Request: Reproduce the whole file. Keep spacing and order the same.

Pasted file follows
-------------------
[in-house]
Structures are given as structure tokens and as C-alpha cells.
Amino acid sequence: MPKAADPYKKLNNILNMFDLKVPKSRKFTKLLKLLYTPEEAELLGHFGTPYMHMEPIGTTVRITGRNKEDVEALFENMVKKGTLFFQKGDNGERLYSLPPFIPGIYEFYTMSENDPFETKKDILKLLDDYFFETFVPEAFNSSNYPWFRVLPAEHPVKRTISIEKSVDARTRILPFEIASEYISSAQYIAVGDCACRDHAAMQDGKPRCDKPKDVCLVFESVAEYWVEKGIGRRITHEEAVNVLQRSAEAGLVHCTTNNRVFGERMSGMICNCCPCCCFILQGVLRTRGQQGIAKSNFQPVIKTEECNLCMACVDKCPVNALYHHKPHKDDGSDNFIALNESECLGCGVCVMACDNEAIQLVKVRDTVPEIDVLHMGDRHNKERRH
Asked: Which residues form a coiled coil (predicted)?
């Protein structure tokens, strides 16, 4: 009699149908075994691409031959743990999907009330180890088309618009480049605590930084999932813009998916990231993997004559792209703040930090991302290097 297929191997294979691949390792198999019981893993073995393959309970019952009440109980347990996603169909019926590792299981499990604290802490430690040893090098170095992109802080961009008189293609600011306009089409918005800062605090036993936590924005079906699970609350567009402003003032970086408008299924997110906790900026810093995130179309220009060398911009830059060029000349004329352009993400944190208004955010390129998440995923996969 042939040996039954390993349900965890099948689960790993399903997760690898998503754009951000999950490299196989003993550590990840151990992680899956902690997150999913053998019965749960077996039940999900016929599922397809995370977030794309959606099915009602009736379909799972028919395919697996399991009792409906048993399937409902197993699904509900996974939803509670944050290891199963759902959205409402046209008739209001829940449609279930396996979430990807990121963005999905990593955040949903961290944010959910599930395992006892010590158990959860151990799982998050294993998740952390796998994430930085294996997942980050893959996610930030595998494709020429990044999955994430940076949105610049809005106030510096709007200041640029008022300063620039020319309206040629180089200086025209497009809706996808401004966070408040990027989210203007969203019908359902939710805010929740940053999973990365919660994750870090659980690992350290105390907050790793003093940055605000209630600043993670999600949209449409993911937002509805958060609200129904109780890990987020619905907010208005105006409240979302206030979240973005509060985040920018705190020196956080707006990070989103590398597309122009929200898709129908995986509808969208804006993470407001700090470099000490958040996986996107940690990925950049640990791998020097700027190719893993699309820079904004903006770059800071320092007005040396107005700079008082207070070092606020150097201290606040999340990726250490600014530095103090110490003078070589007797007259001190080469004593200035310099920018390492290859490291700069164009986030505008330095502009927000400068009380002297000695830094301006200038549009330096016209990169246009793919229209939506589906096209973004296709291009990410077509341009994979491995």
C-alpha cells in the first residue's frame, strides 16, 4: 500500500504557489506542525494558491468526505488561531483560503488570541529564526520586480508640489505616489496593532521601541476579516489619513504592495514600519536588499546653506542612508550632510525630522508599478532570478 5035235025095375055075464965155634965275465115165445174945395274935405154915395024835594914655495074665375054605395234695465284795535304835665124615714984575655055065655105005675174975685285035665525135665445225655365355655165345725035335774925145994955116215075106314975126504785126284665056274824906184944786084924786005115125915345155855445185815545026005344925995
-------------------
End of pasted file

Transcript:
[in-house]
Structures are given as structure tokens and as C-alpha cells.
Amino acid sequence: MPKAADPYKKLNNILNMFDLKVPKSRKFTKLLKLLYTPEEAELLGHFGTPYMHMEPIGTTVRITGRNKEDVEALFENMVKKGTLFFQKGDNGERLYSLPPFIPGIYEFYTMSENDPFETKKDILKLLDDYFFETFVPEAFNSSNYPWFRVLPAEHPVKRTISIEKSVDARTRILPFEIASEYISSAQYIAVGDCACRDHAAMQDGKPRCDKPKDVCLVFESVAEYWVEKGIGRRITHEEAVNVLQRSAEAGLVHCTTNNRVFGERMSGMICNCCPCCCFILQGVLRTRGQQGIAKSNFQPVIKTEECNLCMACVDKCPVNALYHHKPHKDDGSDNFIALNESECLGCGVCVMACDNEAIQLVKVRDTVPEIDVLHMGDRHNKERRH
Asked: Which residues form a coiled coil (predicted)?
């Protein structure tokens, strides 16, 4: 009699149908075994691409031959743990999907009330180890088309618009480049605590930084999932813009998916990231993997004559792209703040930090991302290097 297929191997294979691949390792198999019981893993073995393959309970019952009440109980347990996603169909019926590792299981499990604290802490430690040893090098170095992109802080961009008189293609600011306009089409918005800062605090036993936590924005079906699970609350567009402003003032970086408008299924997110906790900026810093995130179309220009060398911009830059060029000349004329352009993400944190208004955010390129998440995923996969 042939040996039954390993349900965890099948689960790993399903997760690898998503754009951000999950490299196989003993550590990840151990992680899956902690997150999913053998019965749960077996039940999900016929599922397809995370977030794309959606099915009602009736379909799972028919395919697996399991009792409906048993399937409902197993699904509900996974939803509670944050290891199963759902959205409402046209008739209001829940449609279930396996979430990807990121963005999905990593955040949903961290944010959910599930395992006892010590158990959860151990799982998050294993998740952390796998994430930085294996997942980050893959996610930030595998494709020429990044999955994430940076949105610049809005106030510096709007200041640029008022300063620039020319309206040629180089200086025209497009809706996808401004966070408040990027989210203007969203019908359902939710805010929740940053999973990365919660994750870090659980690992350290105390907050790793003093940055605000209630600043993670999600949209449409993911937002509805958060609200129904109780890990987020619905907010208005105006409240979302206030979240973005509060985040920018705190020196956080707006990070989103590398597309122009929200898709129908995986509808969208804006993470407001700090470099000490958040996986996107940690990925950049640990791998020097700027190719893993699309820079904004903006770059800071320092007005040396107005700079008082207070070092606020150097201290606040999340990726250490600014530095103090110490003078070589007797007259001190080469004593200035310099920018390492290859490291700069164009986030505008330095502009927000400068009380002297000695830094301006200038549009330096016209990169246009793919229209939506589906096209973004296709291009990410077509341009994979491995």
C-alpha cells in the first residue's frame, strides 16, 4: 500500500504557489506542525494558491468526505488561531483560503488570541529564526520586480508640489505616489496593532521601541476579516489619513504592495514600519536588499546653506542612508550632510525630522508599478532570478 5035235025095375055075464965155634965275465115165445174945395274935405154915395024835594914655495074665375054605395234695465284795535304835665124615714984575655055065655105005675174975685285035665525135665445225655365355655165345725035335774925145994955116215075106314975126504785126284665056274824906184944786084924786005115125915345155855445185815545026005344925995